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Huge rise in prescriptions for strongest painkillers 'When you're in pain, you just want something to stop it," says Robert, 53.

He used to be a sales manager but has not worked since 2003, when he developed persistent and mysterious abdominal pain. Eventually, a specialist prescribed slow release morphine tablets (MST). Robert joined the growing number of patients in Britain who receive heavy duty opioids for chronic conditions. His daily dose climbed to a colossal 3,000mg enough to kill most people. Robert, who speaks softly with a West Country accent, is intelligent and level headed, even genial. But his personality deteriorated drastically with the morphine. "It makes you sluggish," he says. "It makes you more aggressive, more abrupt." He relied on Viagra to revive where to buy pandora charms cheap his flagging sex life, and if he forgot to take his midday dose of MST, horrendous withdrawal symptoms set in. "You've seen the junkies on the television shaking, sweating, agitated. Exactly the same." Just 10 years ago, a million prescriptions for strong opioids were filled. Now that figure is more than four million. Increasingly, the bathroom cabinets of middle England are stocked with painkillers so powerful that one of them, OxyContin (timed release oxycodone), is known as "hillbilly heroin" in America. Opioids, from codeine to diamorphine (heroin), all act on the central nervous system, banishing anxiety, inducing a blissful feeling of security and easing pain. That makes them a favourite in Hollywood, where some in the film and television industry like to "decompress" by swallowing a couple of little teal blue OxyContin tablets instead of a dry martini. In Britain, some doctors are worried. They welcome the fact that chronic pain, long ignored, is at last being taken seriously. But they pandora charms for sale online fear that more generous prescribing is releasing ever greater quantities of addictive drugs into the population. And the figures are startling. And research for this article has revealed that prescriptions for the strongest compounds morphine, oxycodone, fentanyl and buprenorphine rose from one million to 4.1 million. This month the British Pain Society is publishing new recommendations on good practice in opioid prescribing. Compared with previous guidelines, the document, edited by Dr Stannard, strikes a cautious note, balancing benefits with burdens. What explains the fourfold rise in prescriptions? Well, for one thing, drugs such as OxyContin are relatively new. Drug companies like to devise novel delivery systems for old drugs lollipops, lozenges, transdermal patches etc, so you would expect to see an upward trend as prescribers take up new products. Another possibility is that doctors are switching to opioids from non steroidal anti inflammatory drugs, which can cause gastric bleeding and other long term problems. The most intriguing explanation, however, is that the increase in prescriptions for this group of drugs reflects a shift in the way doctors treat chronic pain. Only a fraction of the prescriptions are for terminal cancer. Most are given for chronic conditions such as back pain and osteoarthritis. This is not how it used to be. In the last century, chronic pain was undertreated and doctors were reluctant to use strong opioids except in the most desperate cases. In the past 20 years, pain patients have lobbied for better treatment, and drug companies poured money into educating doctors about their new formulations. Research has shown that when opioids are used to relieve real discomfort they rarely cause addiction. Addiction where a person craves an ever higher dose and finds it impossible to give up is what happens when a healthy person takes a drug for its euphoric effect. The patient who is suffering from trauma or disease will become physically dependent but, generally, not addicted. It is a key distinction. That is the theory, anyway. But what is pain? Is it simply what the sufferer says it is? If so, how do we explain the marked variation in people's experience of it? "The presentation of persistent pain is not a single thing,'' says Dr Stannard. ''It's complex." Cultural, social, biological and psychological factors tend to be commingled. According to research by the World Health Organisation, the prevalence of persistent pain in women in Santiago, Chile, for example, is 40.8 per cent; for men in Verona, Italy, the figure is a mere 3.9 per cent. Certainly, our generation is not as stoical as our grandparents were. Dr Stannard points to "the medicalisation of life" and says, "There are conditions that people used to live with, but they won't now." Dr Des Spence is a GP in Glasgow who feels so strongly about the use of opioids that he contributed a forceful opinion piece on the subject to last month's British Medical Journal. He believes the increase in prescribing cannot reflect a real increase in pain; instead, he says, doctors "are engaged in the widespread over diagnosis of pain". He thinks that strong painkillers may not be what we, the patients, need even if they are what we want. Opioid treatment can impair social functioning and create a "pain disability". He also refers anxiously to the misuse of prescription medicines in the US. To be fair, the American experience is unlikely to be replicated in Britain. Our medical culture, with a centralised health service, is different. British doctors are not subject to the market forces that render the American consumer all powerful. Since Harold Shipman, the NHS exhaustively monitors prescriptions. Doctor shopping obtaining multiple prescriptions from different doctors is much easier in the United States. Even so, the Department of Health is currently conducting a review of all "addictive medicines." Dr Spence believes the middle classes are especially vulnerable to this class of prescription drugs. Dr Stannard agrees: "A lot of the people I see getting into a muddle are middle class because they are the people who are vocal about their health care [and therefore more demanding of effective treatment]." Patient power could be part of the trouble. "The element of the patient always being right and being seen as a customer has led us into problems," Dr Spence adds. Talk to many pain specialists, on the other hand, and they cite patients who have rebuilt their lives after learning how to manage their pain with powerful drugs. "We're here to create a pain free window," says Dr Christopher Jenner, a consultant at Imperial College NHS Trust in London. "Then you pandora jewelry dealers can start to rehabilitate them. I do not know of any pain clinics that just say: 'Oh, here's your tablets. Next.' " Patients tell of the drugs' miraculous effect on debilitating pain. Miriam, 39, suffers from sciatica, herniated discs and incontinence. She has been off work since 2006. She requested OxyContin after a friend recommended it. The pain clinic was reluctant but agreed a trial. "It was wonderful at first," Miriam says. "It was literally like somebody turning on a switch. Oh, I've finally found something that bloody works. I thought it was the best thing ever." Now she is more ambivalent. She feels "snappy and irritable" and her GP is helping her to reduce her dose. "I am glad I went on the oxycodone. Obviously I've pandora rings jewelry sale got concerns. I think I have become a bit of an addict," she says. Man has used opium for pain relief since Neolithic times. Opioids don't remove pain; they make it bearable. Victorians self medicated with tincture of opium (laudanum) purchased over the counter. Morphine named after Morpheus, the Greek god of sleep was first extracted from the opium poppy, Papaver somniferum, in the early 1800s. Sir William Osler, known as the father of modern medicine, considered it to be "God's own medicine". And today, morphine remains the gold standard although it's no longer the most potent remedy and patients actually prefer drugs that aren't called "morphine". "[With morphine] you open up the Pandora's box of fear about opioids," says Dr Jenner. "But even though you say to people that oxycodone is a morphine like drug, it doesn't have that social stigma because it doesn't have that name." As for Robert, he says he felt "locked in" to taking his pills, even though he insists that: "I never got a buzz or a high on any morphine whatsoever." In the end he came off the medication in hospital. "Now I take a milder painkiller," he says. "And I suffer.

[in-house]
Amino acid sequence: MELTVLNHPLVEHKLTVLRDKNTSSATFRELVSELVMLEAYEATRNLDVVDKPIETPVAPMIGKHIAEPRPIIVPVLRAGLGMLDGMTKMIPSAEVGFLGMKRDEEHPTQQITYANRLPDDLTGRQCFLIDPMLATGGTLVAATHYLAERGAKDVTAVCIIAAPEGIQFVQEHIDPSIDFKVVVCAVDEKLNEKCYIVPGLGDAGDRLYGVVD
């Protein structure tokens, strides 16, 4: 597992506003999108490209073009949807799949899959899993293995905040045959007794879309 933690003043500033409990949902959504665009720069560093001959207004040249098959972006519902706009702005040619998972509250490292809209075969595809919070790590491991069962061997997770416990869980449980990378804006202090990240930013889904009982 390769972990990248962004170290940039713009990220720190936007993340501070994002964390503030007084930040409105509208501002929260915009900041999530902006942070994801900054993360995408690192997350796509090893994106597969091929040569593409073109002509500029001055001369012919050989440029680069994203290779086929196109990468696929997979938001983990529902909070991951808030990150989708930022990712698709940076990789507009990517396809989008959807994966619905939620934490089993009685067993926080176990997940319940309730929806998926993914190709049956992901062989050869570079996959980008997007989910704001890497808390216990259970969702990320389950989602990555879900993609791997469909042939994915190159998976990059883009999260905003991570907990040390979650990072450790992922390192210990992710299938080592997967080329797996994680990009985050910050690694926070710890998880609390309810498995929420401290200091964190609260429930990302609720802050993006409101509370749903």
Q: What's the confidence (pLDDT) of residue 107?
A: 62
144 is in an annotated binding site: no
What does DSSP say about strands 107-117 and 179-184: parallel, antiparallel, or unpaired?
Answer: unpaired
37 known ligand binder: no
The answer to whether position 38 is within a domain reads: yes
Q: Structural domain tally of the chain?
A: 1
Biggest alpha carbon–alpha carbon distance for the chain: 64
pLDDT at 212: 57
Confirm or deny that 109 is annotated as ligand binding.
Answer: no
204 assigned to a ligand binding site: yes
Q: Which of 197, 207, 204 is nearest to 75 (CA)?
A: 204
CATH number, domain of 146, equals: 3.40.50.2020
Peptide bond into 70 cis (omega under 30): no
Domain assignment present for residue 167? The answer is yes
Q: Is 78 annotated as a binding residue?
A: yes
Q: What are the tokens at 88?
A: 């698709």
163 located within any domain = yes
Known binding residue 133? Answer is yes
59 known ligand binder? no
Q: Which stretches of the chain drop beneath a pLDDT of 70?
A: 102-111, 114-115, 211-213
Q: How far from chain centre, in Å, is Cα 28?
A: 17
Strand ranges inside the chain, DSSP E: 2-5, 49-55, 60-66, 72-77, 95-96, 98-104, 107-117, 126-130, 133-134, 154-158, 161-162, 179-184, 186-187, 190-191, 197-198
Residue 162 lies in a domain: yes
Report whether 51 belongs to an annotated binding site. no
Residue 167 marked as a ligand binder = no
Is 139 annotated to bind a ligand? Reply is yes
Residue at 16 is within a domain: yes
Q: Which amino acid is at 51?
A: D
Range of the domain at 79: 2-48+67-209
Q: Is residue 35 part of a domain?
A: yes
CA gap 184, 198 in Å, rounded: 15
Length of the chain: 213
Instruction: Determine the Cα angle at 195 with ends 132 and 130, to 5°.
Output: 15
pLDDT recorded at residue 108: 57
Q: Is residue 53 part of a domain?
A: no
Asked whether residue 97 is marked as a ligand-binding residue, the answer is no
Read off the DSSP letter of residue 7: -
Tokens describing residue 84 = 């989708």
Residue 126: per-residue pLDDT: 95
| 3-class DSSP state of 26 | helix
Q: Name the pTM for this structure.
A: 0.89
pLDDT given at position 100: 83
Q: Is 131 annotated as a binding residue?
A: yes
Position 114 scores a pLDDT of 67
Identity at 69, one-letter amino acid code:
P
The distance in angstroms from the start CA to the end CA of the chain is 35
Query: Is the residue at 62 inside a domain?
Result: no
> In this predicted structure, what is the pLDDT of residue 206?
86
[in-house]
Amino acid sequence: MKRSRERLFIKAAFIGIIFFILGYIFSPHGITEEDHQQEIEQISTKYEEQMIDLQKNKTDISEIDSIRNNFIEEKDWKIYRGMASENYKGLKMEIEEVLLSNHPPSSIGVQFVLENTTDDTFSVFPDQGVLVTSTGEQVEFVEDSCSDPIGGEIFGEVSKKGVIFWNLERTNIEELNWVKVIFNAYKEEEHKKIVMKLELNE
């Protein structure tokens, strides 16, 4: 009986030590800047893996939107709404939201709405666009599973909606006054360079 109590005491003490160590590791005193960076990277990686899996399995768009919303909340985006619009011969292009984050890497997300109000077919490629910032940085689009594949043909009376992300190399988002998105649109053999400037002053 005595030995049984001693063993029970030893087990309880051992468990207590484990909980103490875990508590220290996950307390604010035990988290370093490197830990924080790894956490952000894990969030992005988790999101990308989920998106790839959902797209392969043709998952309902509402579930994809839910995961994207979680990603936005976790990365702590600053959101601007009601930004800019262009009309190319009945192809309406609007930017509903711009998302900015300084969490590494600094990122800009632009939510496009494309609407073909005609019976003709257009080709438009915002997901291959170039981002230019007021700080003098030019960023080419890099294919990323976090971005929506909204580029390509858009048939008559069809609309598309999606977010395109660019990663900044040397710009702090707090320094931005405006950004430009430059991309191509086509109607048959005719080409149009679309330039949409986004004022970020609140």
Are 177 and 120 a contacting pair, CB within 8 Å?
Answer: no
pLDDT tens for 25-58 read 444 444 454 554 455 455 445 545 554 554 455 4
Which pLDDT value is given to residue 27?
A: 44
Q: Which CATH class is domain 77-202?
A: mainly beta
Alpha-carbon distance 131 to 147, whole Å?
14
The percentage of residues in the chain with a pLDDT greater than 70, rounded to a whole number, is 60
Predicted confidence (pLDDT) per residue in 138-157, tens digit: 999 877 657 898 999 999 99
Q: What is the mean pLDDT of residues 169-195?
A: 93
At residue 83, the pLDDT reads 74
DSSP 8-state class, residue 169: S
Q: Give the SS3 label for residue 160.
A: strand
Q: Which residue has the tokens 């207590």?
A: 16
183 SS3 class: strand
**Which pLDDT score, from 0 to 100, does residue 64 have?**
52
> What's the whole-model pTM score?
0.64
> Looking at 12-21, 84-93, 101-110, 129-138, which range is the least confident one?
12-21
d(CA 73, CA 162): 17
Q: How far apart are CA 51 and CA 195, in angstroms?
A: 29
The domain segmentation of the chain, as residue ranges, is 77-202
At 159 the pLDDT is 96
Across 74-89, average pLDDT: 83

My choice is morphine or pain. The pain is a sobering thing.".